Originally published on Barclays Corporate Banking: Insight and Research in June 2014
Expenditure from domestic and overseas tourists is forecast to reach over £135bn in the UK by 2017. Is your business ready to take advantage?
“The Olympics really showcased the UK, and London in particular,” explains Richard Lowe, Head of Retail and Wholesale, Corporate Banking, Barclays. “Now the capital is benefitting from an increase in tourism, because people saw what a great Games it was and what a fantastic city London is.”
Overseas tourism to the rest of the UK is forecast to rocket too. A new report produced by Barclays, titled UK Tourism Dynamics, finds that while London’s expenditure from overseas tourists is set to increase 36% by 2017, Scotland, Yorkshire and Wales are also due a substantial uplift.
Thanks to the Visit Scotland marketing campaign and the organisation’s investment, Scotland is set for a “spectacular” 39.8% growth in spending from international tourists by 2017 – taking total overseas tourist spending in the country to nearly £2.3bn. The Glasgow 2014 Commonwealth Games, taking place in July and August, are sure to help Scotland hit this forecast.
What this means for your business
“Businesses can capitalise on these uplifts in tourism by understanding who the overseas visitors are and where they’re coming from,” says Lowe. Then they can ask themselves: “What is it we can do bespoke for these tourists?”
Once the holiday makers and day-trippers have gone back home, UK businesses can continue to benefit. “When people travel to the UK, it’s not just about them buying products over here – they connect with the brand when they go back home too,” says Lowe.
“Through the internet, businesses can continue to stay in touch with new customers directly – who can keep making purchases. That way a business builds its reputation overseas.” Richard Lowe, Corporate Banking, Barclays
Driving your exports
Building reputations overseas to drive exports is a big focus for the government – and for the business community. Writing in Securing Britain’s Growth, John Winter, CEO of Corporate Banking at Barclays, points out:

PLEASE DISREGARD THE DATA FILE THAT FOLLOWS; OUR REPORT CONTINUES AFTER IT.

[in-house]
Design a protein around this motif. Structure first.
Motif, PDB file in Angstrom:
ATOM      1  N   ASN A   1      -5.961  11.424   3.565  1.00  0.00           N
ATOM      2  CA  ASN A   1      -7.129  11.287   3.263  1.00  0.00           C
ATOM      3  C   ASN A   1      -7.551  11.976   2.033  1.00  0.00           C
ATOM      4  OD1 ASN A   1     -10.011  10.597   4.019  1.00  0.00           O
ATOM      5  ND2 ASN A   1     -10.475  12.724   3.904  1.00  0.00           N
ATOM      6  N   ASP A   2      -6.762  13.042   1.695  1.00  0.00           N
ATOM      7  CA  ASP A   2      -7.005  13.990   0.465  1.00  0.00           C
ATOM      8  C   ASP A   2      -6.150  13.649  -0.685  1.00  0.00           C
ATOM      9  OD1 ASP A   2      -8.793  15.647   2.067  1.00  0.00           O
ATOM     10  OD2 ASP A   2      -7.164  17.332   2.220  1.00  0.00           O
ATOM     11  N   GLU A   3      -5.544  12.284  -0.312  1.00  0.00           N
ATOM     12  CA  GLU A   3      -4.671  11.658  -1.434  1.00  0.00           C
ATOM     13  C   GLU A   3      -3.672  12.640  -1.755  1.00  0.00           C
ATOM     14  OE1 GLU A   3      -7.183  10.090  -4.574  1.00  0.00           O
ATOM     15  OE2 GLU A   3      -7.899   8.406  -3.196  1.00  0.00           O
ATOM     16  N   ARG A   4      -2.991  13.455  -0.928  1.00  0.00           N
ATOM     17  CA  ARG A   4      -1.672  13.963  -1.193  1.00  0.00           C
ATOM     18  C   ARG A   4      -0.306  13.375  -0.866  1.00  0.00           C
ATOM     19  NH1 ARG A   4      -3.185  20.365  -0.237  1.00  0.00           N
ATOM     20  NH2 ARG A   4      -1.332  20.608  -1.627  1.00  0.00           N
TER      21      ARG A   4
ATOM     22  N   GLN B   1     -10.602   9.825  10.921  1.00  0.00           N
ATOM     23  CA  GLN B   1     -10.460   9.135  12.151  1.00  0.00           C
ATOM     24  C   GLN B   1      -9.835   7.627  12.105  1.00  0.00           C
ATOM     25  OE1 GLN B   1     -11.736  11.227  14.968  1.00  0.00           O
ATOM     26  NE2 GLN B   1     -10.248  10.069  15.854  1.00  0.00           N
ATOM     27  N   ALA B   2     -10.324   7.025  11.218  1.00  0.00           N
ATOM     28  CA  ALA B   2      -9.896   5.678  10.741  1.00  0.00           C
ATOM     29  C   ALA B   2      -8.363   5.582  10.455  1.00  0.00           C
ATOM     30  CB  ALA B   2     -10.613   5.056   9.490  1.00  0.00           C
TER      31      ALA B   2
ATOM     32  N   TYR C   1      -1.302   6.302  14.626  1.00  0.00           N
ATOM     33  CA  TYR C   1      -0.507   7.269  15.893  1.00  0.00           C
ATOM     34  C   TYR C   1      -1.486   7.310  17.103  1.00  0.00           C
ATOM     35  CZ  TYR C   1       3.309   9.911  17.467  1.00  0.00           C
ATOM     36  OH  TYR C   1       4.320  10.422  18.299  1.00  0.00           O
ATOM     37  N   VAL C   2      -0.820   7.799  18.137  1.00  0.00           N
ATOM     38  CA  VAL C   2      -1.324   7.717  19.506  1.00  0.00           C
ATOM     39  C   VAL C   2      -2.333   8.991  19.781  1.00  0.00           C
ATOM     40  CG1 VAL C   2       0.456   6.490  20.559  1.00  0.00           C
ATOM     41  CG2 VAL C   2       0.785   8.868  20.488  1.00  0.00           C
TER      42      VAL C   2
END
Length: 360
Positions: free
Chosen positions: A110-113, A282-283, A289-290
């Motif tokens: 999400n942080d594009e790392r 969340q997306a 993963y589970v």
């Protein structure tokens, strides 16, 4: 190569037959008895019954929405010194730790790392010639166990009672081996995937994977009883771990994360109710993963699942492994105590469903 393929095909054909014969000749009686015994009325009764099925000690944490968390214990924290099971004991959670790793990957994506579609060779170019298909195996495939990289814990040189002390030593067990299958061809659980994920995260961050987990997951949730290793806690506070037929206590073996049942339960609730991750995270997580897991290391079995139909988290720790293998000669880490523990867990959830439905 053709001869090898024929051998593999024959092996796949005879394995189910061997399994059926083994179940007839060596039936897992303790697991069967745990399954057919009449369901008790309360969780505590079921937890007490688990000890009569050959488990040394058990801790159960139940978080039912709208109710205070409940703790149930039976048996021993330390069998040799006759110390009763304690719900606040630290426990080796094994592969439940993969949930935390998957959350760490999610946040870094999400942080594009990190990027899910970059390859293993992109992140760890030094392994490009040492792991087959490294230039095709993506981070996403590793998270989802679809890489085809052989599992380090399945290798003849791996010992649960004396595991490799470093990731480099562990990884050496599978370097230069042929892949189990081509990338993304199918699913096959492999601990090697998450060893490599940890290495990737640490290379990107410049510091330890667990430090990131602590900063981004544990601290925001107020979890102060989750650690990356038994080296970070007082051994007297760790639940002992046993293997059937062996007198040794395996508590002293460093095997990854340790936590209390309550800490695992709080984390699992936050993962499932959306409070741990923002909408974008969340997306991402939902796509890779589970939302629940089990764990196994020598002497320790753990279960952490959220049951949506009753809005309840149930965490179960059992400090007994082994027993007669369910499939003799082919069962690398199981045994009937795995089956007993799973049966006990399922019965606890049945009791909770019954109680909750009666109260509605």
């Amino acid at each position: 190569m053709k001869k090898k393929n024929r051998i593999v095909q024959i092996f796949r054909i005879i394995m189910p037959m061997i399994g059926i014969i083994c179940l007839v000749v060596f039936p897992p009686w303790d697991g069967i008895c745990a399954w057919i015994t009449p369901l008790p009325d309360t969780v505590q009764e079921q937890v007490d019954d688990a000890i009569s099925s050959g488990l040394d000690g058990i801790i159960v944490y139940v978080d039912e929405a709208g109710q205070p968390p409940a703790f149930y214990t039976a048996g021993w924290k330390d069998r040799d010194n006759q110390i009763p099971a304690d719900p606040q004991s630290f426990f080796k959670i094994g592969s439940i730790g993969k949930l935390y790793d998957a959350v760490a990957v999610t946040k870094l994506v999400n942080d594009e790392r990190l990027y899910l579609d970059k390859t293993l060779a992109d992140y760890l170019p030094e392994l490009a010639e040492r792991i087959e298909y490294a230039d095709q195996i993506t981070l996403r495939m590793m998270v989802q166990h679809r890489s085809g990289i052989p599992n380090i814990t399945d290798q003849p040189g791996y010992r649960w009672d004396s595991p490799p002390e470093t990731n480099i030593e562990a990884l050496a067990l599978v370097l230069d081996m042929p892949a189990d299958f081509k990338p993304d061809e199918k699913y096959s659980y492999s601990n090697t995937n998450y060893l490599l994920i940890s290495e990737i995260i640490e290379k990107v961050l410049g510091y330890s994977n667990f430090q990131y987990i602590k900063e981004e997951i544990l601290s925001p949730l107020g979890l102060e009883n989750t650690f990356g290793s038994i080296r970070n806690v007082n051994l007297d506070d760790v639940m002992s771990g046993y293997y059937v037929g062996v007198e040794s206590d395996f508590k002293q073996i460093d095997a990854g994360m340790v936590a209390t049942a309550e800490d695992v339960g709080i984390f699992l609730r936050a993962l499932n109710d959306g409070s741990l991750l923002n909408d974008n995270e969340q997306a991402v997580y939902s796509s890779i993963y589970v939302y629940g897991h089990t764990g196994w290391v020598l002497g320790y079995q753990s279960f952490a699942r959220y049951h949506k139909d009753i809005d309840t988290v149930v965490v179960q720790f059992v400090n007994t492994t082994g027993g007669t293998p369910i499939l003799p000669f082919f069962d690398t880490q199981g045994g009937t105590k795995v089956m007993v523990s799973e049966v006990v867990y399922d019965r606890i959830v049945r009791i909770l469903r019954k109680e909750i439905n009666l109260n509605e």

“On average, 25% of EU SMEs are involved in exports, whereas in the UK it is only 20%. The government is being extremely pragmatic in its vision for 100,000 more SMEs to join the ranks of exporters. Such an increase in exporters has the potential to eliminate the UK’s trade deficit and add £30bn to the GDP, something that will benefit everyone in the UK.”
British brands like Burberry and Barbour have cracked specific foreign markets with what Barclays’ Richard Lowe describes as a powerful “heritage and history”. “In Germany, Barbour is a very strong brand – and it’s also quite strong in the US. So it’s about going to a particular country, building out and growing larger.”
Alongside historical brands, Lowe points out that newer, online retailers such as ASOS and Chain Reaction are also conquering new markets.
Foreign direct investment (FDI) and how it can help your business
As UK retailers grow their sales overseas, foreign brands like Zara, Forever 21 and Uniqlo are providing employment opportunities across the UK. In fact, UK Trade & Investment’s research shows that Britain is the leading European destination for FDI, with 59,153 new jobs created between 2012 and 2013.
Topping the list of investment in the UK are the software and computer services sectors, with financial and business services also excelling. Lowe outlines the benefits of FDI: “It’s about growth – UK Businesses have an opportunity to benefit along the supply chain too as the foreign investment comes in – allowing your business to potentially grow faster than it might have done otherwise, and it can also help better open up international markets.”
Finding help for your business
With domestic and overseas tourist expenditure on retail goods expected to reach an impressive £24.9bn by 2017 (UK Tourism Dynamics report), Barclays is determined to help British businesses prepare for potential new income streams.
“We work with clients and look at what their strategy is, what the business rationale is, and what they are seeking to achieve. Once we have an understanding of that, we can work with them regarding their working capital cycle and the facilities they need to support their levels of growth.” Richard Lowe
There’s certainly no one-size-fits-all approach. “Each corporate client works with a Barclays specialist,” explains Lowe. “Because for us it’s about understanding the clients business holistically – only that way can we really provide support from a bespoke basis.”
Produced in partnership with Barclays